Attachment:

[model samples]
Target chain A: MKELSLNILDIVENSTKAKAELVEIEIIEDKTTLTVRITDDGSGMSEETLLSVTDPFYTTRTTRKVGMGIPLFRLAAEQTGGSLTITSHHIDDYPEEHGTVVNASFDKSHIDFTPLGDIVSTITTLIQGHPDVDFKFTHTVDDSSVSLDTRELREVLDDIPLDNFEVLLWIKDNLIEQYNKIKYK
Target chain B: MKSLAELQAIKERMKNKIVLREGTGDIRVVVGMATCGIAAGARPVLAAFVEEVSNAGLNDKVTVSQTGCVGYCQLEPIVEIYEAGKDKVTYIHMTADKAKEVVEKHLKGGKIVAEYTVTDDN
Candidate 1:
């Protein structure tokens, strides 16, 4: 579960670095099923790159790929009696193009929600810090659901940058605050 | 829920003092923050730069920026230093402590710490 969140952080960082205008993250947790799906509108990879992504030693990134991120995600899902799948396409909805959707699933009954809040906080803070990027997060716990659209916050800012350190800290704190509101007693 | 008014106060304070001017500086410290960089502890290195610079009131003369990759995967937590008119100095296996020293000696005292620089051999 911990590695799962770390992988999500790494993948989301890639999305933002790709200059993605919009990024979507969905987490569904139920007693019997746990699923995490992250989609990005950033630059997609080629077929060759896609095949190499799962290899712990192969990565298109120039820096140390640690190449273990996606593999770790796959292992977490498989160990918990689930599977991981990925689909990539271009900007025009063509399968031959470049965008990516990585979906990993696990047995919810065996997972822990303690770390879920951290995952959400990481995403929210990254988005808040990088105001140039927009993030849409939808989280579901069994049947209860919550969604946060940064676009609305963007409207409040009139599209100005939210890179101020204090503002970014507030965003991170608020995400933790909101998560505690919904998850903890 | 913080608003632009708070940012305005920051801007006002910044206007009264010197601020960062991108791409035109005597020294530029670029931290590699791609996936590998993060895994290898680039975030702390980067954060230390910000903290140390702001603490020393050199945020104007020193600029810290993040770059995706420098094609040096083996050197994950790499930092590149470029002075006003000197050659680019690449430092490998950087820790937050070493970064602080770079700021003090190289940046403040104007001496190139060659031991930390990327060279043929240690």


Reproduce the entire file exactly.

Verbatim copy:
[model samples]
Target chain A: MKELSLNILDIVENSTKAKAELVEIEIIEDKTTLTVRITDDGSGMSEETLLSVTDPFYTTRTTRKVGMGIPLFRLAAEQTGGSLTITSHHIDDYPEEHGTVVNASFDKSHIDFTPLGDIVSTITTLIQGHPDVDFKFTHTVDDSSVSLDTRELREVLDDIPLDNFEVLLWIKDNLIEQYNKIKYK
Target chain B: MKSLAELQAIKERMKNKIVLREGTGDIRVVVGMATCGIAAGARPVLAAFVEEVSNAGLNDKVTVSQTGCVGYCQLEPIVEIYEAGKDKVTYIHMTADKAKEVVEKHLKGGKIVAEYTVTDDN
Candidate 1:
């Protein structure tokens, strides 16, 4: 579960670095099923790159790929009696193009929600810090659901940058605050 | 829920003092923050730069920026230093402590710490 969140952080960082205008993250947790799906509108990879992504030693990134991120995600899902799948396409909805959707699933009954809040906080803070990027997060716990659209916050800012350190800290704190509101007693 | 008014106060304070001017500086410290960089502890290195610079009131003369990759995967937590008119100095296996020293000696005292620089051999 911990590695799962770390992988999500790494993948989301890639999305933002790709200059993605919009990024979507969905987490569904139920007693019997746990699923995490992250989609990005950033630059997609080629077929060759896609095949190499799962290899712990192969990565298109120039820096140390640690190449273990996606593999770790796959292992977490498989160990918990689930599977991981990925689909990539271009900007025009063509399968031959470049965008990516990585979906990993696990047995919810065996997972822990303690770390879920951290995952959400990481995403929210990254988005808040990088105001140039927009993030849409939808989280579901069994049947209860919550969604946060940064676009609305963007409207409040009139599209100005939210890179101020204090503002970014507030965003991170608020995400933790909101998560505690919904998850903890 | 913080608003632009708070940012305005920051801007006002910044206007009264010197601020960062991108791409035109005597020294530029670029931290590699791609996936590998993060895994290898680039975030702390980067954060230390910000903290140390702001603490020393050199945020104007020193600029810290993040770059995706420098094609040096083996050197994950790499930092590149470029002075006003000197050659680019690449430092490998950087820790937050070493970064602080770079700021003090190289940046403040104007001496190139060659031991930390990327060279043929240690």